A comparative study of two educational methods on anxiety and quality of life in asthmatic patients in Shiraz, southern Iran

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Article Information:


Group: 2007
Subgroup: Volume 9, Issue 3
Date: July 2007
Type: Original Article
Start Page: 150
End Page: 153

Authors:

  • F NaeemiHosseini
  • Fasa School of Medical Sciences, Fasa, Fars, Iran
  • F Majidi
  • Fasa School of Medical Sciences, Fasa, Fars, Iran
  • MA Ghayyumi
  • Pulmonology Unit,Department of Internal Medicine,Shiraz University of Medical Sciences, Shiraz, Fars, Iran

      Correspondence:

      Affiliation: Fasa School of Medical Sciences
      City, Province: Fasa, Fars
      Country: Iran
      Tel: +98-917-3114462
      Fax:
      E-mail: fakhrozaman_naeemi@yahoo.com

Abstract:


Background: Asthma is a life threatening disease which may lead to the death of patient by causing spasm and airway obstruction. Stress is reported to spark off the disease and anxiety is an accelerating factor. This study was performed to evaluate two training methods in reduction of anxiety and improving the quality of life in patients suffering from asthma.

 

Methods: The present study comprised 84 patients with asthma referred to Shiraz University of Medical Sciences Clinic. They were divided into two groups of 29 subjects for face-to-face and 26 for pamphlete training methods, with 29 individuals considered as controls. In addition to two questionnaires relating to demographic information and quality of life,the present study included Krunbach Alpha, Hamilton anxiety tests and Lickhert classification. The total numbers varied from zero to 56 and scores of more than 14 indicated anxiety.

 

Results: The mean age of cases and controls were 43 and 52 years respectively. Among the participants, 41.8% were males of which 61% held a high school degree or higher with a monthly income of more than 110 $. Of these, 34.6% had a disease duration of more than 10 years.

 

Conclusion: Both training methods had significant impact on reducing patient’ anxiety and improving their quality of life. However, no relationship was observed between gender, age, education and income levels.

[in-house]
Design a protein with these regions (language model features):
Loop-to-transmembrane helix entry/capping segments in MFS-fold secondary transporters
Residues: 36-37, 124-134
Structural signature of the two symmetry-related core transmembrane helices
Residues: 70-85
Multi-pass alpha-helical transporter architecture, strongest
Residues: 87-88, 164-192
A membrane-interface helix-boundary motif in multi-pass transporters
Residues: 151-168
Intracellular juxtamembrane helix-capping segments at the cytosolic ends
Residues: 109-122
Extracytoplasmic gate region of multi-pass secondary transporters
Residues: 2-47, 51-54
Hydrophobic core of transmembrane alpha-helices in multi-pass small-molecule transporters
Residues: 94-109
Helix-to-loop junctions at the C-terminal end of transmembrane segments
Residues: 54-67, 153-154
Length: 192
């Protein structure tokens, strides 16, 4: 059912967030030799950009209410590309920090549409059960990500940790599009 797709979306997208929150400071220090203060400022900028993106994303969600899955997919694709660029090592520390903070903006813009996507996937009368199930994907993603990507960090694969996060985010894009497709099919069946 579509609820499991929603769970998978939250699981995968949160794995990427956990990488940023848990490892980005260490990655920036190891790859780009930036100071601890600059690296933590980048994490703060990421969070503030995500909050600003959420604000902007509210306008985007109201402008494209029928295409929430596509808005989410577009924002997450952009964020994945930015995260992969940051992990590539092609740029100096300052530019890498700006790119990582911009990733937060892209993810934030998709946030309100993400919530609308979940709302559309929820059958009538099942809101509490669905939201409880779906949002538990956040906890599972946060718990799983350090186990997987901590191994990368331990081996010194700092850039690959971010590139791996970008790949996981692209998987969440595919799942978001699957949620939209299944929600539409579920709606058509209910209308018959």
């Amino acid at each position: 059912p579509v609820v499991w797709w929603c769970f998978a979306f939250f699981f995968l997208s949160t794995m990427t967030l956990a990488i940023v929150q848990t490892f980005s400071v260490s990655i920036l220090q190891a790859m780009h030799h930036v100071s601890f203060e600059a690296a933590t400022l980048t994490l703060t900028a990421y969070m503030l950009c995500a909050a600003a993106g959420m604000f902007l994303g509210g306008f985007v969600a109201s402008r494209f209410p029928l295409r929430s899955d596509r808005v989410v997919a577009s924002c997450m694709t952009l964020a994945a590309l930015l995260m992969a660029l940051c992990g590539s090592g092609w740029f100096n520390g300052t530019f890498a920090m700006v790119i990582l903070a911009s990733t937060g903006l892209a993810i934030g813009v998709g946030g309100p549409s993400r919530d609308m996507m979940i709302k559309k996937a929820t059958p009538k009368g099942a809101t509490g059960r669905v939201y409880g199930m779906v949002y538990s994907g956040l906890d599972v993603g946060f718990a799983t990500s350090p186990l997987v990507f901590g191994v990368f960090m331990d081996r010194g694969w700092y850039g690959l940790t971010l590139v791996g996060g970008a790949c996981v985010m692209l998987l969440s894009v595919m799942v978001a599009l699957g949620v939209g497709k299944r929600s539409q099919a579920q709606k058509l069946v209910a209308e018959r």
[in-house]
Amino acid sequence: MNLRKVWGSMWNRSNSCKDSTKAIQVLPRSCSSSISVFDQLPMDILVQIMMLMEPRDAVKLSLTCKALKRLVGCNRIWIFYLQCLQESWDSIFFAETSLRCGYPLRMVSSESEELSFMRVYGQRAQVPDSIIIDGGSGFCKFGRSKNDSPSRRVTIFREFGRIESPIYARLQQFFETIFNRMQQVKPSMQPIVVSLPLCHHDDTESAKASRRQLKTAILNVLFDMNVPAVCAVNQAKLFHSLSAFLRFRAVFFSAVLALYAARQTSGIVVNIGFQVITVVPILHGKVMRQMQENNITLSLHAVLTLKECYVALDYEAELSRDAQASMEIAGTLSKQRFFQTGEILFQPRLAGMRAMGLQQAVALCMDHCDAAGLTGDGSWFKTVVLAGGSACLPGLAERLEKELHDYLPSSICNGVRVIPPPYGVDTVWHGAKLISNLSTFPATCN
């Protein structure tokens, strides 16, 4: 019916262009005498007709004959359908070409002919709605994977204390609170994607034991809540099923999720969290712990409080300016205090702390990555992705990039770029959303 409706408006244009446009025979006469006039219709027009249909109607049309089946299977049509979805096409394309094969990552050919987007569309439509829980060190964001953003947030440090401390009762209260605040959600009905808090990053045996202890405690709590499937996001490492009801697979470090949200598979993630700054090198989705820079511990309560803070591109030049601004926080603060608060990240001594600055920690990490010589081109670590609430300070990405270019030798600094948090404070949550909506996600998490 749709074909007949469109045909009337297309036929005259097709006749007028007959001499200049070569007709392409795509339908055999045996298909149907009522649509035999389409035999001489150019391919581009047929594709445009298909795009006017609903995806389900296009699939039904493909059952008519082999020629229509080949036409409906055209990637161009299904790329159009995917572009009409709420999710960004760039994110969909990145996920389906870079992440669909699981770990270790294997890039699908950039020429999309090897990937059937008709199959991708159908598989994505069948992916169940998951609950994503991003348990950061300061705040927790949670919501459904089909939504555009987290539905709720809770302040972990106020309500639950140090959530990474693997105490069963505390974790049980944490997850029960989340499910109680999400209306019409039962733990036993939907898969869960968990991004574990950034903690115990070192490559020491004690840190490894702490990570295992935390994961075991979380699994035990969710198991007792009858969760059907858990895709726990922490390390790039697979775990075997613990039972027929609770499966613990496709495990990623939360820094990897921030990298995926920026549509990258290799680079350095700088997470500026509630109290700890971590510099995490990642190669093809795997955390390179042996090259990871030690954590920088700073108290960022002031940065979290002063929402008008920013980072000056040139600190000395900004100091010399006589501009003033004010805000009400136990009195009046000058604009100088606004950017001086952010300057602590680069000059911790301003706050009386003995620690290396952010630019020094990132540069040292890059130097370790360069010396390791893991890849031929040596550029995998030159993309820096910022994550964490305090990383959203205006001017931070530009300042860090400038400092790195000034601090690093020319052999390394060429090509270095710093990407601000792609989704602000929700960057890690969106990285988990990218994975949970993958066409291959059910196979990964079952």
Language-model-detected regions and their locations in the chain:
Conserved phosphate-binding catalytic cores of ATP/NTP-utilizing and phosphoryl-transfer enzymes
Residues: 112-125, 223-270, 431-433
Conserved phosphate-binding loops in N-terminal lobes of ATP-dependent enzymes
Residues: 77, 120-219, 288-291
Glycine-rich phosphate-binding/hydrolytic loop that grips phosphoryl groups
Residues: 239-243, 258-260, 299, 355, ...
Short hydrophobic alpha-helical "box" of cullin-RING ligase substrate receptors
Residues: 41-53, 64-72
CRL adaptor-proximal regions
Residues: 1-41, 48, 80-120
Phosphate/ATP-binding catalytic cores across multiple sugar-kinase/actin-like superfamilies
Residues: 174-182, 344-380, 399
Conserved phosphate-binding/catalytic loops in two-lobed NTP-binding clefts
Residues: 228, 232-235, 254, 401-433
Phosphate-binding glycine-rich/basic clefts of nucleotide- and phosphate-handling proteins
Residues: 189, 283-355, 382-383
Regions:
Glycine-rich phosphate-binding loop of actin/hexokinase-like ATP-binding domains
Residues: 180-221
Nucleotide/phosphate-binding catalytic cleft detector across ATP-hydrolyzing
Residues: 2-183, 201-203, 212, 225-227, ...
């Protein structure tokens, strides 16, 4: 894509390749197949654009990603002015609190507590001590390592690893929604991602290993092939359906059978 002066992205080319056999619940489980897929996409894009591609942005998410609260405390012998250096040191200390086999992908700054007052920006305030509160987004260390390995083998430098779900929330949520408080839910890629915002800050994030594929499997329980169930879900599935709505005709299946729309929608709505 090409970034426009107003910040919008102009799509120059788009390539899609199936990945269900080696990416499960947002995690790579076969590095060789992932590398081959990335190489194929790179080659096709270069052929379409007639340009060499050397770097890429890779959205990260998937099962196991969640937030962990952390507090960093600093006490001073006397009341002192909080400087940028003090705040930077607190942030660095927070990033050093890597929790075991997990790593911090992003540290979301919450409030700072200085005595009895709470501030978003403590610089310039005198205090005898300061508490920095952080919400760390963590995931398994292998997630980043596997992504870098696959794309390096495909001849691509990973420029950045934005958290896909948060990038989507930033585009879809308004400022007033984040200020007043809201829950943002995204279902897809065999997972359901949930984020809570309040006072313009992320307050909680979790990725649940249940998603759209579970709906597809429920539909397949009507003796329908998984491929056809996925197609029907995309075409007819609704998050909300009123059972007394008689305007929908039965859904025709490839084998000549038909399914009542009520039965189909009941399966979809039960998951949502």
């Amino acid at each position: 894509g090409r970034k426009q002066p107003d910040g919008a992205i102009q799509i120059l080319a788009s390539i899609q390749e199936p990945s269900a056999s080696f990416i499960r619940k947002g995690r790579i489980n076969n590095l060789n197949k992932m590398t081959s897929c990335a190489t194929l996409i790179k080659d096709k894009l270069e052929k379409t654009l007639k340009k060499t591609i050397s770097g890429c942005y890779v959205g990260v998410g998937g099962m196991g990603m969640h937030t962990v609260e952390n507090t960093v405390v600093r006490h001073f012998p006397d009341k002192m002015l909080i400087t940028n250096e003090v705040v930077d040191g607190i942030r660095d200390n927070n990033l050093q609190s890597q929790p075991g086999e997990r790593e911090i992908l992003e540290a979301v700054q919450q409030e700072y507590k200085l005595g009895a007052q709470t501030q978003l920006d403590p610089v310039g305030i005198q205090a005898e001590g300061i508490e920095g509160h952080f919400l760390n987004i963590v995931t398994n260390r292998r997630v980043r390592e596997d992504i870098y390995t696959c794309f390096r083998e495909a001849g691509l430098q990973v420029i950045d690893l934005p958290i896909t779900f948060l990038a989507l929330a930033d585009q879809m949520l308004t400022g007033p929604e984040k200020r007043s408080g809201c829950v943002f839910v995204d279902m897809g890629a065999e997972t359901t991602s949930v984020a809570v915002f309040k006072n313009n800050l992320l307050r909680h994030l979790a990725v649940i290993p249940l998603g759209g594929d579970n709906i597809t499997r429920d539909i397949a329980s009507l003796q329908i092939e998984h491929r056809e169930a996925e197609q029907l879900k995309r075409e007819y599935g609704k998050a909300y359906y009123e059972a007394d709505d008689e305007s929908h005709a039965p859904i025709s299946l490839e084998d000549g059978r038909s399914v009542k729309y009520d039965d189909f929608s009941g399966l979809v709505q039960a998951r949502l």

Keywords: Education; Anxiety; Quality of life; Asthma; southern Iran

Manuscript Body:


Introduction

 

 

Asthma is a life threatening disease which may lead to death due to spasm and airway obstruction.1,2 Data from Japan showed the number of mortality caused by this disease to be about 5,100,000 individuals whereas higher rates were reported from western countries.3 The annual mortality due to asthma reported from USA estimated between 2000 to 5000 during 1978 to 1995.4 However, absence from work, inefficiency, loss of creativity, inactivity,and lower quality of life were observed in about 5% of adults sufferring from this disease.5      Asthma is a common disease with an annual cost of more than one billion dollars, which is markedly reduced by taking appropriate measures at various levels.6,7 Lawrence (1995) stated that, hospitalization, costs and complications would be reduced, if patients sufferring from asthma followed an appropriate training programs.8 Although the etiology of the disease is not well known, different factors such as stress could trigger asthmatic attacks. Anxiety is considered not only as an accelerating factor of asthma, but it is also consequent upon the disease.10,11 Dyspnea attacks are severely stressful6 and may flare up airway resistance and recurrence of asthmatic attacks in patients.12 Various studies showed that, spells of anxiety in asthmatics caused respiratory arrest, disability to react properly during an attack, and finally deteriorating the quality of life.4,8,13,14 Anxiety in asthma is one of the untoward complications due to certain medications. The anxiety following drug therapy, unawareness about and fear from drug complications would cause an incorrect follow up of treatment and lead to uncontrolled form of the disease, attack recurrence, debility and reduction in quality of life. Therefore, physicians treating asthmatics,5,15,16 should pay due attettion to the rate of their stress and adopt a policy to reduce patients’anxiety.4,17,18 Different studies on these patients showed that following training schedules would affect treatment strategy, alleviate signs and symptoms, control anxiety and improve the quality of life.19-22 In regard to the importance of training programs for the treatment of patients suffering from asthma,2,15,19 the present investigation was conducted to compare two face to face and pamphlete training methods, in order to determine the more useful, economical and practical approach. Further objective of this study was to evaluate foregoing methods in relation to reducing the anxiety rate and improving the quality of life in such patients.

 

 

Materials and Methods